This, clearly, is a damning commentary on the manner in which these athletes committed themselves to preparing throughout the 113-day lockout for a season that might commence at any time. Few of the Leafs played competitively during that time, far too few it would appear.
On Thursday, a two-goal first-period lead turned into an ugly 7-4 loss to the New York Islanders. The Isles are a bad team that shouldn’t do that to any opponent, but the Leafs and their apologists cited exhaustion following a game the previous night in Pittsburgh.
On Saturday, after another one-hour flight — anything over 20 minutes appears to be utterly gruelling to this Eastern Conference team — and a day off, a two-goal lead evaporated against the New York Rangers in similar style.
This time, however, the Leafs either believed they could win while playing on their heels all night, or had no choice against a strong club that most believe will be competing for the Stanley Cup this spring.
“We just seemed to not have anything from an energy standpoint. They just swarmed us.”
Like the Leafs, the Rangers were also playing their third game in four nights, something good teams will have to deal with as 48 games are crunched into four months. They sure didn’t look tired, and part of that was because they used more people and their stars came to play.
The $ 22-million “Super Line” of Brad Richards between Rick Nash and Marian Gaborik accounted for four goals. They spread ice time pretty evenly among their four top blueliners and used their superior size to good advantage down low.
By contrast, Leafs captain Dion Phaneuf played 32 minutes and 38 seconds, while his partner, Mike Kostka, was out there for 31:33. Three players skated less than seven minutes and Clarke MacArthur played only 11 minutes before suffering an injury believed to be a lacerated finger.
The result was a 42-17 shots disadvantage and a rope-a-dope that didn’t work because, well, the experienced Rangers aren’t dopes.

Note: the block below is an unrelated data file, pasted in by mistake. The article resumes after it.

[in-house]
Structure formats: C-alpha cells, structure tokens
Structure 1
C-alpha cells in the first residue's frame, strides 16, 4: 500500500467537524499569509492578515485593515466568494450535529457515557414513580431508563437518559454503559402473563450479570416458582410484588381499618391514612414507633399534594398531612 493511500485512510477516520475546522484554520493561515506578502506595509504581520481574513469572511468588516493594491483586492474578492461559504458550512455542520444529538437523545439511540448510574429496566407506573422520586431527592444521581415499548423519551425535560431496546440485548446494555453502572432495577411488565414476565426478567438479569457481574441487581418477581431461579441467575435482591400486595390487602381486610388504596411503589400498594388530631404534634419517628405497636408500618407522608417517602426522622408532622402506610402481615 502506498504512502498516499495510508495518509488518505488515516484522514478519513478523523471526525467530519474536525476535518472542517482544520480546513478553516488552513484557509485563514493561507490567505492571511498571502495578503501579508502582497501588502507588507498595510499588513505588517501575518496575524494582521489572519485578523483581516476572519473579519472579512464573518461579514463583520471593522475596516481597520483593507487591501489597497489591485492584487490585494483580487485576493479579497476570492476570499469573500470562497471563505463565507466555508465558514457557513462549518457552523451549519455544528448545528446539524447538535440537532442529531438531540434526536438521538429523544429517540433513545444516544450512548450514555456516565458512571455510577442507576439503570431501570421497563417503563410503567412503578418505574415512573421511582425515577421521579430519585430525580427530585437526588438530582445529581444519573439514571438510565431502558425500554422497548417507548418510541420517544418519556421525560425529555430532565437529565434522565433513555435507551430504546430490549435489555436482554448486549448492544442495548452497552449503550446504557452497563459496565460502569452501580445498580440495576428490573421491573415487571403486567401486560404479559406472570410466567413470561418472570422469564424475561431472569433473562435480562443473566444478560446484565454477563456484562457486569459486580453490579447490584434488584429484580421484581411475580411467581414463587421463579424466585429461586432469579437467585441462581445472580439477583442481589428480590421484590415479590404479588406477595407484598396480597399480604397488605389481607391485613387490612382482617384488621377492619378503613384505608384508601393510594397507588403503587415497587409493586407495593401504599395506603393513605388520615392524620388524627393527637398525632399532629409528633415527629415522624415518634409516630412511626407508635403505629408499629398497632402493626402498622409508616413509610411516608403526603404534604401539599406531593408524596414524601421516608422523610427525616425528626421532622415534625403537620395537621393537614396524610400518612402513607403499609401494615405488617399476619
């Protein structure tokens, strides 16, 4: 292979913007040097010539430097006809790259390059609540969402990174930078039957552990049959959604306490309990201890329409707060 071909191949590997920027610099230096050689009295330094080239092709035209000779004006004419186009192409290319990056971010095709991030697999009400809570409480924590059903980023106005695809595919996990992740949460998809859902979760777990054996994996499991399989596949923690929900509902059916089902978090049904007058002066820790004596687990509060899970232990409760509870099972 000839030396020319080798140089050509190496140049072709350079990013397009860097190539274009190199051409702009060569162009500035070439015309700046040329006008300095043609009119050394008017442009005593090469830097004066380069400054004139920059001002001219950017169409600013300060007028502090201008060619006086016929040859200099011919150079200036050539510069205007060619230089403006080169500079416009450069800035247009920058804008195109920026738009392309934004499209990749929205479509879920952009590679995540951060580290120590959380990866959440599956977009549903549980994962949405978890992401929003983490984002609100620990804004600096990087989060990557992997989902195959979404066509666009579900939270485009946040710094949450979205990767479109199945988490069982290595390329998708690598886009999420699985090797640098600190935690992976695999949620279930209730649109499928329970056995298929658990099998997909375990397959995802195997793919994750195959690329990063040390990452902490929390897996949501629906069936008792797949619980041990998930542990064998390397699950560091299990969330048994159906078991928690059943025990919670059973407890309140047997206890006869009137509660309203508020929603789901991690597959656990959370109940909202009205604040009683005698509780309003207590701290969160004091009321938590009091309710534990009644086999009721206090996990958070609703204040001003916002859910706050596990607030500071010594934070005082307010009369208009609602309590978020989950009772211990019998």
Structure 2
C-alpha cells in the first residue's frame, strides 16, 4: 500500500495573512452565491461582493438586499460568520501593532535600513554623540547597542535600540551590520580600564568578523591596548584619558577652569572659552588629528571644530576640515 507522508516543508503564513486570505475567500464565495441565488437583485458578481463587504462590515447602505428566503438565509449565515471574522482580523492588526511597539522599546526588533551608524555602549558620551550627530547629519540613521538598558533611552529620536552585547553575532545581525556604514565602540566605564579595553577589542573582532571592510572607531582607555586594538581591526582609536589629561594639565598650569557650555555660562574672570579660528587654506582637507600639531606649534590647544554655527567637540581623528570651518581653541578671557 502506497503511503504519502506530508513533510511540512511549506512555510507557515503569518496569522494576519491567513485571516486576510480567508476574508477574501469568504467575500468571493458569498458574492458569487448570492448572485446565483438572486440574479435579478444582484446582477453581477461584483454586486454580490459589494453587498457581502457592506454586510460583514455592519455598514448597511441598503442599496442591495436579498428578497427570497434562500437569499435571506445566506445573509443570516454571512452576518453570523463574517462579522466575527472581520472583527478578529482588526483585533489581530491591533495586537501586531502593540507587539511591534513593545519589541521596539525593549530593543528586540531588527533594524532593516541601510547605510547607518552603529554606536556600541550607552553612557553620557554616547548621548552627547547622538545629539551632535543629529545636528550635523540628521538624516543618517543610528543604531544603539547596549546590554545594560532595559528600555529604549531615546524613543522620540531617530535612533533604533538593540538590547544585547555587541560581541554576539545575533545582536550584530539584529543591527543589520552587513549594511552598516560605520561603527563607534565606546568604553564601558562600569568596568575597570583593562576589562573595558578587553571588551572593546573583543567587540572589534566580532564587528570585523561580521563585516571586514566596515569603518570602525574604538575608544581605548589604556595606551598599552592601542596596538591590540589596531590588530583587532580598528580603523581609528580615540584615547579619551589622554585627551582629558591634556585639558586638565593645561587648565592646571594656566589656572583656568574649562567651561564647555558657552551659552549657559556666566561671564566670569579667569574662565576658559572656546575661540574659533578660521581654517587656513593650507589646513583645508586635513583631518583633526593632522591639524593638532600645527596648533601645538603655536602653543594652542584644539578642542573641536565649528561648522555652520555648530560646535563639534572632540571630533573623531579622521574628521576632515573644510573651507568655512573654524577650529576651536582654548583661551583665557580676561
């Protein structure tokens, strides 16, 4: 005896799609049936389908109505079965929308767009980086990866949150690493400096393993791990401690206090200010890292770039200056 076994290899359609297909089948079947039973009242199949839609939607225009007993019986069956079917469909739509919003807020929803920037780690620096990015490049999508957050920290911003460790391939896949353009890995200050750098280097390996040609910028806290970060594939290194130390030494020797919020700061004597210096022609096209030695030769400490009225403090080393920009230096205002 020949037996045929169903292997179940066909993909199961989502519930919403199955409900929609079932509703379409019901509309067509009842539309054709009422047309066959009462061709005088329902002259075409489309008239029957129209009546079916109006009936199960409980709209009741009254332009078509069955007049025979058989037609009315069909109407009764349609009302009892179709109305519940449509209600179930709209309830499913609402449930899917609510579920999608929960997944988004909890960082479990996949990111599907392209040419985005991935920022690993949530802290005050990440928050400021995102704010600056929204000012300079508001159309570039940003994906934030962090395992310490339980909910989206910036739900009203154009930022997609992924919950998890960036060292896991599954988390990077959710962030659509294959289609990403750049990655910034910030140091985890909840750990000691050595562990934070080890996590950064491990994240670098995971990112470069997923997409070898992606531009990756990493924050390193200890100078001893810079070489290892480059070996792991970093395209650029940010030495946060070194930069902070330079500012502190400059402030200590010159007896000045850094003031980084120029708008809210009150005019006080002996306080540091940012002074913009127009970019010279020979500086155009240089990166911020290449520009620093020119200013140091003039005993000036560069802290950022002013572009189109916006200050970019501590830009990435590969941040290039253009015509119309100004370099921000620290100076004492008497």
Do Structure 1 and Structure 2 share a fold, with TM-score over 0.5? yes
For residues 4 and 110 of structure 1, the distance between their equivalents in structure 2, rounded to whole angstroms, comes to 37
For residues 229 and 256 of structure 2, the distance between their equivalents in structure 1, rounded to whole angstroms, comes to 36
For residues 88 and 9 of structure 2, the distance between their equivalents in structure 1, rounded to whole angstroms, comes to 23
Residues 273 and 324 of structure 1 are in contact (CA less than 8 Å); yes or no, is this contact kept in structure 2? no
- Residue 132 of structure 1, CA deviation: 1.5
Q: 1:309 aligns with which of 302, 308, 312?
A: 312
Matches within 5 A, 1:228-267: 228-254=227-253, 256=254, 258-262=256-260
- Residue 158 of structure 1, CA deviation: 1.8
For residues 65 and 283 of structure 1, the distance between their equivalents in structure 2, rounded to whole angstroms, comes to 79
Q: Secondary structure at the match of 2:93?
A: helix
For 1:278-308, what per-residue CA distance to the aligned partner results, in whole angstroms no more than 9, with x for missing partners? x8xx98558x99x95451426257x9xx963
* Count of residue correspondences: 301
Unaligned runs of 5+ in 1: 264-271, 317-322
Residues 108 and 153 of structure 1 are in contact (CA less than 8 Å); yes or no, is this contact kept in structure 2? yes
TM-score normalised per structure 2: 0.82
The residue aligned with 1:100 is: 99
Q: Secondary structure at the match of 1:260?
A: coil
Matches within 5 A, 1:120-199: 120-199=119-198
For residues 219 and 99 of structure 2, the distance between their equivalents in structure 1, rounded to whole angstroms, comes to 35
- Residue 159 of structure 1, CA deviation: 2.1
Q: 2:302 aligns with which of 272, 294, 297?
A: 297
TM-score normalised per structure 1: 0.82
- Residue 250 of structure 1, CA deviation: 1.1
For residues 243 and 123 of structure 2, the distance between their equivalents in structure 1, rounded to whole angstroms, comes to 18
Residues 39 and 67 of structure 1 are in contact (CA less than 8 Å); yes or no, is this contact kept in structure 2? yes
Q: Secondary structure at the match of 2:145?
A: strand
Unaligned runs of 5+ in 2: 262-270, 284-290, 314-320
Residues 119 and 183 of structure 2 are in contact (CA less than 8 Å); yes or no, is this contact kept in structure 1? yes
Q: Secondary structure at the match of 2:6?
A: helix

Lundqvist’s counterpart, James Reimer, delivered a terrific performance, allowing four goals on 41 shots, stoning Nash on a first-period breakaway and repeatedly flashing the glove hand that so many have wondered about to make big saves.
“They kept coming, and we were hanging on, hanging on, hanging on,” said Phaneuf. “Eventually, they broke us. It was too bad, because (Reimer) was great.”
Against the Rangers, they led 2-1 after 40 minutes despite being outshot 25-9, and seemed to believe that the sag-and-sag-some-more approach would carry the day without having to try to score at all.
Instead, the Rangers activated their defence to create more outnumbered chances in the third, overwhelming the Phaneuf-Kostka tandem repeatedly and Reimer in the net.
“That was the best 60 minutes we’ve put together this year,” Richards said of the 2-3 Rangers. “Sometimes goalies can steal games. At times it looked like that could happen (tonight), but there’s nothing else to do but keep firing things at him and that’s what we did.
“Finally, the floodgates opened.”
They’re one of hockey’s youngest teams, but apparently one of the most easily fatigued.
Given that the pace of this schedule isn’t going to change, and home ice seems to offer no respite for the Leafs, a season that looked gloomy at the start with the reckless firing of Brian Burke suddenly seems worse.
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